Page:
"Steckler and his game-changing sextet wield this thesis like a sculptor with an industrial laser."
"...groovy, challenging, mercurial, and satisfying new release...."
"As a pure journey of sound, Chance Episodes tells an impressive story."
"Dead Cat Bounce brings a joyful, exuberant voice to the sculpture garden party."
"DCB revels in a reed-driven sound marked by sharply contrasting forms, textures and tones...strident, joyful, lush and strutting use of a horn section."
"What carries through each piece is Steckler's gift for rich voicings among four horn players... Dead Cat's music doesn't joke around."
"Dead Cat Bounce epitomize the best of the Boston jazz scene – to make the most of working outside conventional commercial structures, to treat a band as a workshop of ideas, to look forward while drawing on the best of the past. Think of Mingus’s swirling counterpoint and rhythm shifts with the similarly rich voicings and solo-ensemble balance of the World Saxophone Quartet. What more could you ask for?"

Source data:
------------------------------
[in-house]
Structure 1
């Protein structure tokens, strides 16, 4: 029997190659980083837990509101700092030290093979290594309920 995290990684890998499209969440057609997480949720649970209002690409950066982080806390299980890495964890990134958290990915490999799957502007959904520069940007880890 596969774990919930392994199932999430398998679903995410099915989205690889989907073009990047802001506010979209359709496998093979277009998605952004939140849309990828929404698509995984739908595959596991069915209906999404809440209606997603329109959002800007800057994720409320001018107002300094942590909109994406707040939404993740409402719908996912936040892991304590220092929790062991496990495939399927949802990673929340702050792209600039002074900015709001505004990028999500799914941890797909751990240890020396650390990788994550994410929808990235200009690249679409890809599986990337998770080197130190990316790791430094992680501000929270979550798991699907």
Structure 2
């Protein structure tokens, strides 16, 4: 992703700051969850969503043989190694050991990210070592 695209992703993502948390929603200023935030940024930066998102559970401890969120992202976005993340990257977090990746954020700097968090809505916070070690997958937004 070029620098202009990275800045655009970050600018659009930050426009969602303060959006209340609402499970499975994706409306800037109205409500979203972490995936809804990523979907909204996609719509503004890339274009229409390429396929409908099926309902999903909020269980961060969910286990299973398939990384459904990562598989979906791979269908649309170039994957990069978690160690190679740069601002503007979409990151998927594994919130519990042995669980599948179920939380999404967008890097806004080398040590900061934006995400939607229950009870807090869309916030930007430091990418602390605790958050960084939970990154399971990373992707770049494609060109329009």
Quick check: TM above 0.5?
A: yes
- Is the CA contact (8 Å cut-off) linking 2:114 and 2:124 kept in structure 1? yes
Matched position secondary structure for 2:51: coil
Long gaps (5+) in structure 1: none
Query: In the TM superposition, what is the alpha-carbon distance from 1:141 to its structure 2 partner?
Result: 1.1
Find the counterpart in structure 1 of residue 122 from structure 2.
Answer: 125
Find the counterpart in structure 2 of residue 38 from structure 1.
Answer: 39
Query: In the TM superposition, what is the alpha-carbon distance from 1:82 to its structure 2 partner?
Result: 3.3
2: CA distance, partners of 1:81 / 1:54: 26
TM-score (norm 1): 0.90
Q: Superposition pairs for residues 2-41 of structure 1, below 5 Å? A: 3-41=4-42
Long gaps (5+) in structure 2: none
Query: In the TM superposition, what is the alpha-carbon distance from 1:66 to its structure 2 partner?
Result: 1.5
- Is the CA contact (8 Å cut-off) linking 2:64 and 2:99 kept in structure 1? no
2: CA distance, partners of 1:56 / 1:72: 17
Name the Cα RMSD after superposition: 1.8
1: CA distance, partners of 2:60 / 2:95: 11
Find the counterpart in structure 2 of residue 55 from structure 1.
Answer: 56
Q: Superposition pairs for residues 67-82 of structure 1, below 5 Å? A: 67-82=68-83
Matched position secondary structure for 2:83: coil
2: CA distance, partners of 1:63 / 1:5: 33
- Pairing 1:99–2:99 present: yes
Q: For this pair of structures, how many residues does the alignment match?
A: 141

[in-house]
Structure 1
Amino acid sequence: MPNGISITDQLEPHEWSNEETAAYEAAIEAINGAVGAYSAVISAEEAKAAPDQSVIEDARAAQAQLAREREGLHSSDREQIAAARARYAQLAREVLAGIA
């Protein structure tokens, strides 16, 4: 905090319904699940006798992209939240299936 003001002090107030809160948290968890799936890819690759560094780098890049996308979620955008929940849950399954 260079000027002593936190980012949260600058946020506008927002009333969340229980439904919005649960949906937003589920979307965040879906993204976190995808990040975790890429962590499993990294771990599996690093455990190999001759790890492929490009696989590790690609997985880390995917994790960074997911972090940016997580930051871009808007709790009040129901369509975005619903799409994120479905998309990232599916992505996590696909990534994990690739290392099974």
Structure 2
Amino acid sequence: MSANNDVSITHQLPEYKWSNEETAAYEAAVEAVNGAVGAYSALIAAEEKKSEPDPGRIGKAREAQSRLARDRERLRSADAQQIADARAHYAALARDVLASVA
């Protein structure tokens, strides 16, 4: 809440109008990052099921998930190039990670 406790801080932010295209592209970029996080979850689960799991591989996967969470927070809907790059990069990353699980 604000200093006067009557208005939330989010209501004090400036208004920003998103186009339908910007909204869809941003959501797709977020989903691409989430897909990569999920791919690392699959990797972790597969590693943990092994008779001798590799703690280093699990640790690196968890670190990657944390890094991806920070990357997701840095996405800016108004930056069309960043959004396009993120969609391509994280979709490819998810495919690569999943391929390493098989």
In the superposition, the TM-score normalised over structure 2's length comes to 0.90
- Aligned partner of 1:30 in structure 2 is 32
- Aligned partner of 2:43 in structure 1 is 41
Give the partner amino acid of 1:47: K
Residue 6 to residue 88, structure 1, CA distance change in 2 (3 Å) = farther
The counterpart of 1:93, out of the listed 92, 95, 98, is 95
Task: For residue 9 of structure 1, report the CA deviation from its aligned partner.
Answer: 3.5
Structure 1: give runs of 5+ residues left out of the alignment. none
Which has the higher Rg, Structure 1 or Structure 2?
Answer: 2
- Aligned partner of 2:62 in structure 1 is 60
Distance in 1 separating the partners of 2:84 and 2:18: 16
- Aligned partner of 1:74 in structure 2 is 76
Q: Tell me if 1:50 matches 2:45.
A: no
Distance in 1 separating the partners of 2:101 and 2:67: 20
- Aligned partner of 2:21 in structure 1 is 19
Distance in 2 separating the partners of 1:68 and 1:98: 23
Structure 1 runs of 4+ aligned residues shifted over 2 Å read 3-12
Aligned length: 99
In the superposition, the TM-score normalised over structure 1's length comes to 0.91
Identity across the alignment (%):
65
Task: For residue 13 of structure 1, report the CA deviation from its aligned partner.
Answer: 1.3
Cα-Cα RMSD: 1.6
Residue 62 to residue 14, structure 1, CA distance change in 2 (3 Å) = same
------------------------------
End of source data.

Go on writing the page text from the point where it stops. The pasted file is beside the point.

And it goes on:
"What one remembers most about it are the compulsive, seething grooves and the brawling saxophones... Great Stuff all around: for sheer snaggletoothed excitement Home Speaks to the Wandering is hard to beat."
"[Matt Steckler’s] whip-smart sextet of four saxes, bass, and drums rolls through his multi-sectioned compositions with toe-tapping ease. Skewed tangos, deviant marches, churchy hymns, and dissonant abstraction, swing band riffs, collective improvisations, and individual solos roll and tumble their way over funky vamps, swinging grooves and unclassifiable beats. Great ensemble playing, high spirits, an endearing, but twisted, sense of fun make Dead Cat’s second release a winner."
"I am sure you will be impressed by the great writing, the originality of style, the wide variety of moods, individual solo efforts and most of all, a real group that is single minded and totally involved in the music."
"With Dead Cat Bounce twentysomething Boston saxophonist Matt Steckler livens up the mix: incorporating a sensibility weaned on rock and at least on speaking terms with jam bands, the music easily morphs from straight-ahead jazz rhythms into a cool backbeat, a tango lilt, or a punk-derived pulse… The writing offers enough variety to occasionally make you forget that all the music comes from these same six guys."